By: KATIE CHRISTOFF – Asst. A&E Editor
The music therapy program at the University of Dayton will host a 40th anniversary celebration March 14 to 15. Alumni of the program are encouraged to return for the weekend and celebrate the program’s growth over its 40 years at UD.
“We want to focus on bringing back memories,” said Marilyn Sandness, professor emerita and founder of the music therapy program. “Certainly the highlight of the weekend is to renew acquaintances back at UD.”
The weekend celebration will begin Friday with a recital given by current students in the Department of Music. Senior music therapy major Yemani Schneider, who helped plan the anniversary celebration, said this recital will be one of the highlights of the weekend.
It will feature performances from some of UD’s talented music students, teachers, and Hands in Harmony, a UD music ensemble that performs contemporary Christian music while using American Sign Language, Schneider said.
“There will be numerous entertaining, humorous, and creative performances by some of our talented music students and teachers,” Schneider said. “This will give the students an opportunity to showcase their creativity and talents, and at the same time, it will give the audience an opportunity to catch a small glimpse into the talents of our music students.”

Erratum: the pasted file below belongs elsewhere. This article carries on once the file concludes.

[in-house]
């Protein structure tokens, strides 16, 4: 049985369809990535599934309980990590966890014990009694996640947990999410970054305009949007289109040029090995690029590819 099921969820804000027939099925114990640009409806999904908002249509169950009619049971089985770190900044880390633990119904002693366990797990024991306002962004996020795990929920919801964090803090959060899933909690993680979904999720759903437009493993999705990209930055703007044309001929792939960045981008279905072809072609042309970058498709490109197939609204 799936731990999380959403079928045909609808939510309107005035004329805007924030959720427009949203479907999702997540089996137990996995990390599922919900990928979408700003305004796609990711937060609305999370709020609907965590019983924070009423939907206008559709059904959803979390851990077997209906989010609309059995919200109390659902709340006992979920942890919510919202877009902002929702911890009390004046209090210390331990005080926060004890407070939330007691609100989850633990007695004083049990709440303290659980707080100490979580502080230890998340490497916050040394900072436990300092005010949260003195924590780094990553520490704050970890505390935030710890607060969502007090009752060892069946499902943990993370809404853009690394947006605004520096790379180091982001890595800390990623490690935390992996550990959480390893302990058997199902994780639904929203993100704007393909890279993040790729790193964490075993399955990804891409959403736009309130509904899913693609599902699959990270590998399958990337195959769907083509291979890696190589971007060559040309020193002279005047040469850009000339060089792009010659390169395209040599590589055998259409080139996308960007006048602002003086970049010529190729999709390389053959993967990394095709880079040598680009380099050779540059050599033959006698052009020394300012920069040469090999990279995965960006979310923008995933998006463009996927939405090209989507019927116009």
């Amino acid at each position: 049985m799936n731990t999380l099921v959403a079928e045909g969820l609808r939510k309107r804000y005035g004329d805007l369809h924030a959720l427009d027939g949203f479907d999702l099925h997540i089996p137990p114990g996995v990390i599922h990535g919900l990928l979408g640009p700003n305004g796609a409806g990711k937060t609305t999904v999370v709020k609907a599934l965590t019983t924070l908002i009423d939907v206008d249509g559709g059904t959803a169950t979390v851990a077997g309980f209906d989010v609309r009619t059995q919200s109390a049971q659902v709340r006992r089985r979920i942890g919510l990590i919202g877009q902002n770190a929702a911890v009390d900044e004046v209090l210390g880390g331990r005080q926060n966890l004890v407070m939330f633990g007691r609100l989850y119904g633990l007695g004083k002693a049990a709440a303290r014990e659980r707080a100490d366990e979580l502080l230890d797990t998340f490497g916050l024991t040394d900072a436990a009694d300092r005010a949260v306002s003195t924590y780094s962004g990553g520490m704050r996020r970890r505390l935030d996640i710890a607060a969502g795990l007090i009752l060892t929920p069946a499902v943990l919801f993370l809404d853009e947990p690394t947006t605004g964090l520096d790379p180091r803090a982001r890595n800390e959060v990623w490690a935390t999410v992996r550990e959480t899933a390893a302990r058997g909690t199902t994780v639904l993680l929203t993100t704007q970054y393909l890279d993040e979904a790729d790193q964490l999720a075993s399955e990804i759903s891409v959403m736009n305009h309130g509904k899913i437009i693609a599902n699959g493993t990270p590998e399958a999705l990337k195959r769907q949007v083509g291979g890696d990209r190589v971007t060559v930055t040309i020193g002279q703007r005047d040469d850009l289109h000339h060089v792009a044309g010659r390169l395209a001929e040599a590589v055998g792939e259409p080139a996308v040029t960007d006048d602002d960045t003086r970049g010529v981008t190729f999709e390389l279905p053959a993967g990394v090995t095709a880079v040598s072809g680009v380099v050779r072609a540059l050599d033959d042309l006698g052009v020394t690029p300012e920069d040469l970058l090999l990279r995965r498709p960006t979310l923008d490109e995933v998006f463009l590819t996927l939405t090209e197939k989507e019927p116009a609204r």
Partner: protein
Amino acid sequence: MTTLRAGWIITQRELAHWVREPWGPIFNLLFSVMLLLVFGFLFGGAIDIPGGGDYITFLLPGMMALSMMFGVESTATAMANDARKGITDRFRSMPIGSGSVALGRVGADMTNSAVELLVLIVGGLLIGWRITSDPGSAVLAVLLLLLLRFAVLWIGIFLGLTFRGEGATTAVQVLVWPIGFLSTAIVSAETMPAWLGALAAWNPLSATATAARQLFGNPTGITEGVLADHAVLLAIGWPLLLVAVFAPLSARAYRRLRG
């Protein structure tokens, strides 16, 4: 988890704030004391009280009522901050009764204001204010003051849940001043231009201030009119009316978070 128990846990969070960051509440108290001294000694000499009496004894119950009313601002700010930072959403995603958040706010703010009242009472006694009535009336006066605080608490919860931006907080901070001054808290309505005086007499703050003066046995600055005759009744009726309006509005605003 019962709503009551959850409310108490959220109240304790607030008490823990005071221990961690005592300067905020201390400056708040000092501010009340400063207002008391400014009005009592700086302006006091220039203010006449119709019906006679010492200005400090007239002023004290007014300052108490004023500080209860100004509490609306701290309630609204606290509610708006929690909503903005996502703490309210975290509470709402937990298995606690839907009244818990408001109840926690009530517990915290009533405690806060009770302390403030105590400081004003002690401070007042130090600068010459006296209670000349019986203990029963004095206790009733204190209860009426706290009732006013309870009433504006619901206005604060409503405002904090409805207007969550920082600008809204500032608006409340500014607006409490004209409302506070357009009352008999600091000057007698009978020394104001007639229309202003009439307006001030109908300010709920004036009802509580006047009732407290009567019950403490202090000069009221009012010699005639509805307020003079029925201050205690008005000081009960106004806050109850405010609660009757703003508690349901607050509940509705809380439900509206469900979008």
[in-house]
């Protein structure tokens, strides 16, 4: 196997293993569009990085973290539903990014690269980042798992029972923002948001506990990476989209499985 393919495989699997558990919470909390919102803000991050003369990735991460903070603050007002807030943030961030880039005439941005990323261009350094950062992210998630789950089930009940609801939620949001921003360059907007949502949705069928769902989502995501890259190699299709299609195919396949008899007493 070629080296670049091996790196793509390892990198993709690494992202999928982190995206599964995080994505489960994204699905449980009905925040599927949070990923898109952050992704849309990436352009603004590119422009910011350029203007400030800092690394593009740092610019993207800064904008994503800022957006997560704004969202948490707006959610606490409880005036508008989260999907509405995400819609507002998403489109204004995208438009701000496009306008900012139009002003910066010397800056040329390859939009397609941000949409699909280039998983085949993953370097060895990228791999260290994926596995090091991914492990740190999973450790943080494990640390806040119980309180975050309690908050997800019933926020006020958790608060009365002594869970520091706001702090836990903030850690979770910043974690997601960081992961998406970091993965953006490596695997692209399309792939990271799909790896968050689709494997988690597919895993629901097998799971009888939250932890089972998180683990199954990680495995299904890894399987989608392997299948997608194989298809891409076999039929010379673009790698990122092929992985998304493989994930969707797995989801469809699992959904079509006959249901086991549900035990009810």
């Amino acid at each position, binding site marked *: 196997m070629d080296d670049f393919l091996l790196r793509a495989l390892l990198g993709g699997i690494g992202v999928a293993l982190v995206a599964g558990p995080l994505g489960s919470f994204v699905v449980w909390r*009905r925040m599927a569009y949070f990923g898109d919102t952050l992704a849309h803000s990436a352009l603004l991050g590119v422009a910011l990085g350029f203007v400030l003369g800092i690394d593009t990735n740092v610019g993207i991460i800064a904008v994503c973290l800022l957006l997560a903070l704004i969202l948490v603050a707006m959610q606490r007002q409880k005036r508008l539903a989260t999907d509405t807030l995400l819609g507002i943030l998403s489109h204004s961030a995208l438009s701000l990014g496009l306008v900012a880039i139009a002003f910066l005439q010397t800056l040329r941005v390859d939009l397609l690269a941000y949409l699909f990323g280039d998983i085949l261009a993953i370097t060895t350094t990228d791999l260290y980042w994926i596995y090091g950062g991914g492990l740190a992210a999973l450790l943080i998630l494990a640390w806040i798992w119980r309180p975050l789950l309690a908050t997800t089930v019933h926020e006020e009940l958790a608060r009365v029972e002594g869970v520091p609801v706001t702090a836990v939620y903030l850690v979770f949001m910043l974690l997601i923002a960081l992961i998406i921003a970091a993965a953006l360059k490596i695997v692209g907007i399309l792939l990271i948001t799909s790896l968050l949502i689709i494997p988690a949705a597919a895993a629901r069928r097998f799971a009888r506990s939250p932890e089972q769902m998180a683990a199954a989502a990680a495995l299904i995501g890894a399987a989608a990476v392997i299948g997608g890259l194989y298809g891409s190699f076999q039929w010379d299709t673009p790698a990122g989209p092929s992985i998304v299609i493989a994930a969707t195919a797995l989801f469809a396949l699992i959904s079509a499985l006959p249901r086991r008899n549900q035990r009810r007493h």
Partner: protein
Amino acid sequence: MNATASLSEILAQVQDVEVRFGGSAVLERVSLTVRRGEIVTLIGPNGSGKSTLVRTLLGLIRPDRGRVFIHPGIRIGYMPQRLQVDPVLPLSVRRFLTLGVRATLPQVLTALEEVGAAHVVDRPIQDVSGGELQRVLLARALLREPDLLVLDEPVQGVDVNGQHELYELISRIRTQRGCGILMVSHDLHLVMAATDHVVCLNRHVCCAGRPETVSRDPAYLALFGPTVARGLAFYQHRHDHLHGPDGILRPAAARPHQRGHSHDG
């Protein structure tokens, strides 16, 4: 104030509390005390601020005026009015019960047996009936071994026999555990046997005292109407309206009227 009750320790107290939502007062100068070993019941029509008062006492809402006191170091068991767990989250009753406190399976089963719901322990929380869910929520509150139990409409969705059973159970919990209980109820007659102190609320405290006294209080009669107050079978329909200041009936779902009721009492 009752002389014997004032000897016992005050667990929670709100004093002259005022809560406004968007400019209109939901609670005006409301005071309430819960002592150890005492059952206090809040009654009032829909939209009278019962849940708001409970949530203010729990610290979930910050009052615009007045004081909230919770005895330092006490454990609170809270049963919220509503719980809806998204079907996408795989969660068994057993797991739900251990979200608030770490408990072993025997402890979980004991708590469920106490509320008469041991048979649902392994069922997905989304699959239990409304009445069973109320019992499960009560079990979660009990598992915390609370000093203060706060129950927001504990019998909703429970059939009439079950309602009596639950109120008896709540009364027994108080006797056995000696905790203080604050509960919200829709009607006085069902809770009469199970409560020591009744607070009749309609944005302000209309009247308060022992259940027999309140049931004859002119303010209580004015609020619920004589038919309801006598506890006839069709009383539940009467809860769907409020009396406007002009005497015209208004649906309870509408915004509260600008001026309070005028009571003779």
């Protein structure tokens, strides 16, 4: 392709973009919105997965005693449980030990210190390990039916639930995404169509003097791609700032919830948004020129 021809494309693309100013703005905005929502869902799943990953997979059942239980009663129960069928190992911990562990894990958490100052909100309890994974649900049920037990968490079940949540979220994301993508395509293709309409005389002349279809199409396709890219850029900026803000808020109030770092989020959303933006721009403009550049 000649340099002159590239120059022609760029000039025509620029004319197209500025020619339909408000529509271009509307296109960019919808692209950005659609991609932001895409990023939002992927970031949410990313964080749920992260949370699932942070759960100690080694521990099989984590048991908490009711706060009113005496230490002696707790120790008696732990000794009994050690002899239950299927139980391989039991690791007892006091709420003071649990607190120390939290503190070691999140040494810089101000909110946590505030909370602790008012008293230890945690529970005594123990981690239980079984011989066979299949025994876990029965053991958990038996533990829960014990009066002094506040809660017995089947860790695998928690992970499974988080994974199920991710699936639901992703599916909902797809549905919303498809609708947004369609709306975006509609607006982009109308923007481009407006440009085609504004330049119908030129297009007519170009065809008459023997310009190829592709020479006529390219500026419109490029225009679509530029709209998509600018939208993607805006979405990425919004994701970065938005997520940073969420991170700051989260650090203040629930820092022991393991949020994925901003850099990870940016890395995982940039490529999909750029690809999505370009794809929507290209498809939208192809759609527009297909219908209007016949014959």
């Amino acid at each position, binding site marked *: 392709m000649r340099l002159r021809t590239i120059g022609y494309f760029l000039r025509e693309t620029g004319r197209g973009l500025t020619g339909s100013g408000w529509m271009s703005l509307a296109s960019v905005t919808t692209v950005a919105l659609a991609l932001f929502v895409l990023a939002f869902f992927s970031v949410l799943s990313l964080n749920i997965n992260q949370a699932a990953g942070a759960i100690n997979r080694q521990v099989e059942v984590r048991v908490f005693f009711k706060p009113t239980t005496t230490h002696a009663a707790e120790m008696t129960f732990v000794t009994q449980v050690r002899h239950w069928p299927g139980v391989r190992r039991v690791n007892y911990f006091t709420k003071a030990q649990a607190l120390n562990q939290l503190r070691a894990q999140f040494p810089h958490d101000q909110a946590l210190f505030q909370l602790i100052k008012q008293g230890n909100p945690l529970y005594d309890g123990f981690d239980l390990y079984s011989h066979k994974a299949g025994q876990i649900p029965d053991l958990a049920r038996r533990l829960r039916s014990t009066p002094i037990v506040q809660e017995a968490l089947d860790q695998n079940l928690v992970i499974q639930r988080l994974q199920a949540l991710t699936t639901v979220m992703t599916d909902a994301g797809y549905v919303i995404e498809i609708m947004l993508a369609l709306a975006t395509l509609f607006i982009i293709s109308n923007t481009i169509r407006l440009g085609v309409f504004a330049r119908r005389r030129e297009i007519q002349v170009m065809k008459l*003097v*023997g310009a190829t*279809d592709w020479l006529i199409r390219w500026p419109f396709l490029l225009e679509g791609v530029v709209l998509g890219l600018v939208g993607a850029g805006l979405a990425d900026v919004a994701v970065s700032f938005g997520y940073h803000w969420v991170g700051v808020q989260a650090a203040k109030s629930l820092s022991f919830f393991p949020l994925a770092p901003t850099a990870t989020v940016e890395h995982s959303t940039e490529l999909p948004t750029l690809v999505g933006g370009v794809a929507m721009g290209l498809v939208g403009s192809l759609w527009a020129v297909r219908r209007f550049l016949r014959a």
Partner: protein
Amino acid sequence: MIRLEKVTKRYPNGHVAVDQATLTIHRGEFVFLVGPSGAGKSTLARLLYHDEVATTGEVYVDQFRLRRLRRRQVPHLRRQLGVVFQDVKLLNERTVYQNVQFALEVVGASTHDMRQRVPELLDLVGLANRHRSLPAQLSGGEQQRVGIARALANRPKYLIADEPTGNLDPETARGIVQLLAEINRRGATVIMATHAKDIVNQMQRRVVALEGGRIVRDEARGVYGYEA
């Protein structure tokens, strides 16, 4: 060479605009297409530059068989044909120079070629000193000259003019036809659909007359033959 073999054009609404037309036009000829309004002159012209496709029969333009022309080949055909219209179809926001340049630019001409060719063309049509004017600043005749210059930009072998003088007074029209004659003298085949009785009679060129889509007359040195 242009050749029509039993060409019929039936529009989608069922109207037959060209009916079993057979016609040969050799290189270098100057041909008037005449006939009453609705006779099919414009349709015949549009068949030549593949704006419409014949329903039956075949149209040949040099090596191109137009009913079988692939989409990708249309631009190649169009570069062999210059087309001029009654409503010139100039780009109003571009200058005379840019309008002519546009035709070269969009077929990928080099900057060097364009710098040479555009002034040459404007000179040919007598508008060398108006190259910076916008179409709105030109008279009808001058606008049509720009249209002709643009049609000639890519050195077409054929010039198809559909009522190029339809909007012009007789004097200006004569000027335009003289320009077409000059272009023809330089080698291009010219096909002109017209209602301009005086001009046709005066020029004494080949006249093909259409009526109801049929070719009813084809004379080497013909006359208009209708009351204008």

This recital will be followed by guided campus tours, so alumni can revisit their campus and visit the program’s new home in the College Park Center. Friday’s events will end with a reception in Kennedy Union’s Torch Lounge.
Saturday will kick off with an alumni recital, where alumni will be encouraged to put on a performance, either serious or silly. A buffet luncheon will follow, featuring a presentation about current trends in the profession, Sandness said. They will also invite alumni to share their memories of music therapy at UD. The evening will end with a historical display of the program in the CPC.
The music therapy program was brought to UD by Marilyn Sandness in 1974, who served as coordinator of the program for 24 years. She was succeeded by Dr. Susan Gardstrom, who is the current coordinator of the program. They wanted to have this anniversary celebration while both women were still living and working in Dayton, Sandness said.
The music therapy program is one of the most popular programs in the music department, according to Sandness. She said it typically ranges from 35-40 students, and she considers it to be like a family. The students and faculty are very close, Sandness said, and she believes this celebration will be a great way to bring them all back together.
Schneider agrees with this sentiment. “My favorite part about being part of UD’s music therapy program is that it gives me an opportunity to learn from talented, insightful, creative, and intelligent peers and professors,” he said.
“The knowledge, direction, and skills that I have gained from my professors have been a true blessing.”
Forty years after its foundation at UD, the music therapy program has close to 240 alumni in 35 states, Gardstrom said.
The music therapy program’s 40th anniversary celebration welcomes all of these alumni and all current students as well.